It can be hard to sleep with a light shining in your window, but for the male blue tit, this night-lighting gives him a sexual advantage. Researchers have found that male tits that live near streetlights wake up and start to sing on average three minutes earlier than the rest of the gang.
These birds are more likely to be chosen as mates because under normal conditions, early risers are the strongest fully grown birds. When adventurous lady-birds go looking for extramarital affairs in the morning light they are attracted to early risers because they assume they are the macho, macho men of the group.
As a result, any male blue tit–even a young and scrawny fellow–that lives within 50 feet of a streetlight gets about twice as much extramarital action, and has more offspring than male tits that live in other parts of the neighborhood.
From an otherwise unattractive male’s point of view, streetlights must be great. But Kempenaers says he doesn’t have data on the consequences for the blue tit population as a whole if artificial light inspires many females to mate with males that they would normally shun.
World of Wings in Cumbernauld claims Scotland’s “largest collection of birds of prey,” including eagles, owls, hawks, and falcons. The center also served home to a Rüppell’s Griffin Vulture named Gandalf–until Gandalf flew away.
David Ritchie, director of the bird center, told the BBC that the bird flew away during one of the center’s daily shows:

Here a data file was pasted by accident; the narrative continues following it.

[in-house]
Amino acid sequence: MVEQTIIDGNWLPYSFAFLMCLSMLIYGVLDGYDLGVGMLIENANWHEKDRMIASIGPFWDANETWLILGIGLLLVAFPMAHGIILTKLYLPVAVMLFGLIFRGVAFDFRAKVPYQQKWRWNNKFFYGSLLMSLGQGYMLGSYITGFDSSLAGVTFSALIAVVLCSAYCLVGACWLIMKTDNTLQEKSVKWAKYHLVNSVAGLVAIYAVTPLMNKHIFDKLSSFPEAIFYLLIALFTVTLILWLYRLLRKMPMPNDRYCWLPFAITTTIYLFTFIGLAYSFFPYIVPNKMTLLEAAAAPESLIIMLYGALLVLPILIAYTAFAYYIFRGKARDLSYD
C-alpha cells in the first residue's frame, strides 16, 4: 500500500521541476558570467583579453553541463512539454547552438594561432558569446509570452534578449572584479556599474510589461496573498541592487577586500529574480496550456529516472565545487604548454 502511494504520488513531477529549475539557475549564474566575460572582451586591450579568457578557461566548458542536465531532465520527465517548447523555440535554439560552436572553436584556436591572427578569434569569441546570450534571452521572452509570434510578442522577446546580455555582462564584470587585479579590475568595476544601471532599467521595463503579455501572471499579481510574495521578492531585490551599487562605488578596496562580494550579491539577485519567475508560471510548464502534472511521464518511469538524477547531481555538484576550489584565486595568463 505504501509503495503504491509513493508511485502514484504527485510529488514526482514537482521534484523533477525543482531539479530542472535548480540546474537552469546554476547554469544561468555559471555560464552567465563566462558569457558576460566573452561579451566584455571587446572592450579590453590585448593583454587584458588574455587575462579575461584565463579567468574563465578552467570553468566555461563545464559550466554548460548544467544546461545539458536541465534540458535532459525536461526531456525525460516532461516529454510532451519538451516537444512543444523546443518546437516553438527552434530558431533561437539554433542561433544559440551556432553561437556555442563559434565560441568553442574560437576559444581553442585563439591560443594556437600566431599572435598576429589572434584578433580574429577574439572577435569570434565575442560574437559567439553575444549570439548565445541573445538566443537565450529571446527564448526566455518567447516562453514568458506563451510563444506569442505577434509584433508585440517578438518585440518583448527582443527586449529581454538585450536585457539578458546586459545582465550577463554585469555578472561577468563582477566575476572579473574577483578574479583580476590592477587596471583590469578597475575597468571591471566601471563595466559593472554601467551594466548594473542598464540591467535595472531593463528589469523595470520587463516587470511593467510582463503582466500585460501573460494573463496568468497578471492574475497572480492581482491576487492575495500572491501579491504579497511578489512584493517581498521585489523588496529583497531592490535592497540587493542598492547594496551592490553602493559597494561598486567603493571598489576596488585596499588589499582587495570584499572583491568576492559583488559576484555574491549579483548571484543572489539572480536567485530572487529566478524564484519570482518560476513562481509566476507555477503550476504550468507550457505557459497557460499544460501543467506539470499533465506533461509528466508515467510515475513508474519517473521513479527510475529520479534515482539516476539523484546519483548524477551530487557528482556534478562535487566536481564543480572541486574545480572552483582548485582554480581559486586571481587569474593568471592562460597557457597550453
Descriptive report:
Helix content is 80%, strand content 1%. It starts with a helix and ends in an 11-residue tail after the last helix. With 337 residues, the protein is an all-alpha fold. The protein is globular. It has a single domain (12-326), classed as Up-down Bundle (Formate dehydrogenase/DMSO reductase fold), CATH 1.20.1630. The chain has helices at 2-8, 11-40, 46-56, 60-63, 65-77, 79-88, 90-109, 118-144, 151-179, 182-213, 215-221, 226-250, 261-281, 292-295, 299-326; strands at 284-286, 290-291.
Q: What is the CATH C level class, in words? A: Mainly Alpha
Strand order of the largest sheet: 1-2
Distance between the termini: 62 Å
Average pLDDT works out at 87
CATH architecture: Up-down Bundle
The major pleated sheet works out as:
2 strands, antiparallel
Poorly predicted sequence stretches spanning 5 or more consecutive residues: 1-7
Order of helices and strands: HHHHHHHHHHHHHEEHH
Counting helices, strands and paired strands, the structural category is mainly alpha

“She got caught in the wind and just went higher and higher until she disappeared…. We would warn people not to approach her but to call the police. She has no fear of humans and she could give someone a very severe bite. Her beak is designed to tear flesh apart.”
There are only about 30,000 remaining Rüppell’s Griffins, native to central Africa, and Gandalf has been at the center since 2006 as part of a zoo breeding program. The birds are scavengers, mostly eating dead animals, and can soar to heights of some 30,000 feet.
So it’s majestic–but its power to reach such heights and its 10-foot wingspan make the escaped vulture a “genuine threat” to airplanes and helicopters, according to Ritchie. The National Air Traffic Services has warned pilots of the threat, the BBC reports. Here’s hoping (for Gandalf’s, the Scottish National Air Traffic Services’, and flesh’s sake) that the vulture returns home soon.
For a prehistoric bird with a bigger bite but no flight, check out Ed Yong’s recent “terror birds” post on Not Exactly Rocket Science.
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Given an allotment of two eggs each year, a lady macaroni penguin starts out by laying a smallish bad egg–then she goes on to lay a bigger, good one. If all goes well, the big egg hatches into a baby bird, but the smaller one never does. Why bother laying an egg that never hatches? A new study doesn’t touch that 60-year-old question, but it does hint that the smaller eggs’ sizes might result from the macaroni’s migration.
A group led by bird biologist Glenn T. Crossin has looked at the size of the bad eggs, which can be anywhere from almost the size of a hatching egg to fifty percent smaller. They noted that some ladies laid their eggs immediately after arriving at a penguin colony, while others waited a couple of weeks–and suspected that some of the penguins formed their eggs en route.